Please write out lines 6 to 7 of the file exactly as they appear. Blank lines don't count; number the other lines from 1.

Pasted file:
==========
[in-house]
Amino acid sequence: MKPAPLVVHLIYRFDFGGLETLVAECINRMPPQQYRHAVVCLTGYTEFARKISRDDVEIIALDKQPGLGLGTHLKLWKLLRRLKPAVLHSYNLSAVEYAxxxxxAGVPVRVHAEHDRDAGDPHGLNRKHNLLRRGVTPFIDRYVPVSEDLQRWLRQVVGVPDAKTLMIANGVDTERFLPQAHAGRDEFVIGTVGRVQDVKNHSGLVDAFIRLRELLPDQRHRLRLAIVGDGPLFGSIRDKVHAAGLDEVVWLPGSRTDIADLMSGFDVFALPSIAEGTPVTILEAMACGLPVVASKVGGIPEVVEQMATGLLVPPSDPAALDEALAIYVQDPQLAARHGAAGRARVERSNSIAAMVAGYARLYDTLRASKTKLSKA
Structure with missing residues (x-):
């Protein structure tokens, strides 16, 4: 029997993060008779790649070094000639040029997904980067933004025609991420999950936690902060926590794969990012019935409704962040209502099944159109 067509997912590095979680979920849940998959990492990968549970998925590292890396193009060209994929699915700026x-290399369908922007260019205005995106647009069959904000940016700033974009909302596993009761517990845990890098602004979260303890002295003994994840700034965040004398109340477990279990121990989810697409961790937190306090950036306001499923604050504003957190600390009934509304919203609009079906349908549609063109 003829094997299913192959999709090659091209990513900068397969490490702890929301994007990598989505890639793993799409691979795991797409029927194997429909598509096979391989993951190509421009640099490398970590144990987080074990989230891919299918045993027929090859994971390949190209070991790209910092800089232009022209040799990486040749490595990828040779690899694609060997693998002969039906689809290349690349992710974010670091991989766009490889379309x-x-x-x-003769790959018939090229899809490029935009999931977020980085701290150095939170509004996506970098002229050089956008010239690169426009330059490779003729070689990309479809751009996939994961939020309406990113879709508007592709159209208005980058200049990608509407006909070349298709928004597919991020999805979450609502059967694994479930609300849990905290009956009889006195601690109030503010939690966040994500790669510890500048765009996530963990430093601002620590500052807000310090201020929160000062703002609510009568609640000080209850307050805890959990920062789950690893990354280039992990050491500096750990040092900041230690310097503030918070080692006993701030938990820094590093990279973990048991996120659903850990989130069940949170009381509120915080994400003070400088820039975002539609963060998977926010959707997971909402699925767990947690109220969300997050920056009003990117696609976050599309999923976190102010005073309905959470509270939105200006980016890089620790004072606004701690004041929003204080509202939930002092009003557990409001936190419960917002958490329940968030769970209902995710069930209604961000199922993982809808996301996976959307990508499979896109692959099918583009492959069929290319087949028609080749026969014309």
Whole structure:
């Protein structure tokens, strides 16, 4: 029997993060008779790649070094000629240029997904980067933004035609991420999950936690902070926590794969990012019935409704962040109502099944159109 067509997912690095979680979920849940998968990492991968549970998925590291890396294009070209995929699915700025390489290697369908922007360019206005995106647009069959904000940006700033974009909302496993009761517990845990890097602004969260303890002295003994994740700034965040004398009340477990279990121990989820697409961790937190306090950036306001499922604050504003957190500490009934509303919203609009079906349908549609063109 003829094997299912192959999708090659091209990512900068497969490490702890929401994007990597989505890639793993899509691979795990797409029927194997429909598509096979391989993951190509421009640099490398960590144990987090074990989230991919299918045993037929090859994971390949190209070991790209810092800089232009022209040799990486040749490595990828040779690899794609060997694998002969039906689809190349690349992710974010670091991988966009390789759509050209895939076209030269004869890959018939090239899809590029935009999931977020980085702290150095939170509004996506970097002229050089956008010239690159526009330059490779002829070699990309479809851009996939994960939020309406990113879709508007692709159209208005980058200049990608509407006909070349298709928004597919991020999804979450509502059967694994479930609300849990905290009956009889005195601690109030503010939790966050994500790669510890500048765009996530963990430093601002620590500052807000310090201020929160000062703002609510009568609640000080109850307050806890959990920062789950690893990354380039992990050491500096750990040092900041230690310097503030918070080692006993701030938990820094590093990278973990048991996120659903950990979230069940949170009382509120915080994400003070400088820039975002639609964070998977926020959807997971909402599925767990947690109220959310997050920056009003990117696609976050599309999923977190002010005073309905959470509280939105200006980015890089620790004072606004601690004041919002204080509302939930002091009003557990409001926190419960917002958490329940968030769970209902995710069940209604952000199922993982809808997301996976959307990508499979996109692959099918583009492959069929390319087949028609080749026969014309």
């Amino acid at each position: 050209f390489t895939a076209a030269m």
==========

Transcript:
């Protein structure tokens, strides 16, 4: 029997993060008779790649070094000629240029997904980067933004035609991420999950936690902070926590794969990012019935409704962040109502099944159109 067509997912690095979680979920849940998968990492991968549970998925590291890396294009070209995929699915700025390489290697369908922007360019206005995106647009069959904000940006700033974009909302496993009761517990845990890097602004969260303890002295003994994740700034965040004398009340477990279990121990989820697409961790937190306090950036306001499922604050504003957190500490009934509303919203609009079906349908549609063109 003829094997299912192959999708090659091209990512900068497969490490702890929401994007990597989505890639793993899509691979795990797409029927194997429909598509096979391989993951190509421009640099490398960590144990987090074990989230991919299918045993037929090859994971390949190209070991790209810092800089232009022209040799990486040749490595990828040779690899794609060997694998002969039906689809190349690349992710974010670091991988966009390789759509050209895939076209030269004869890959018939090239899809590029935009999931977020980085702290150095939170509004996506970097002229050089956008010239690159526009330059490779002829070699990309479809851009996939994960939020309406990113879709508007692709159209208005980058200049990608509407006909070349298709928004597919991020999804979450509502059967694994479930609300849990905290009956009889005195601690109030503010939790966050994500790669510890500048765009996530963990430093601002620590500052807000310090201020929160000062703002609510009568609640000080109850307050806890959990920062789950690893990354380039992990050491500096750990040092900041230690310097503030918070080692006993701030938990820094590093990278973990048991996120659903950990979230069940949170009382509120915080994400003070400088820039975002639609964070998977926020959807997971909402599925767990947690109220959310997050920056009003990117696609976050599309999923977190002010005073309905959470509280939105200006980015890089620790004072606004601690004041919002204080509302939930002091009003557990409001926190419960917002958490329940968030769970209902995710069940209604952000199922993982809808997301996976959307990508499979996109692959099918583009492959069929390319087949028609080749026969014309």
């Amino acid at each position: 050209f390489t895939a076209a030269m």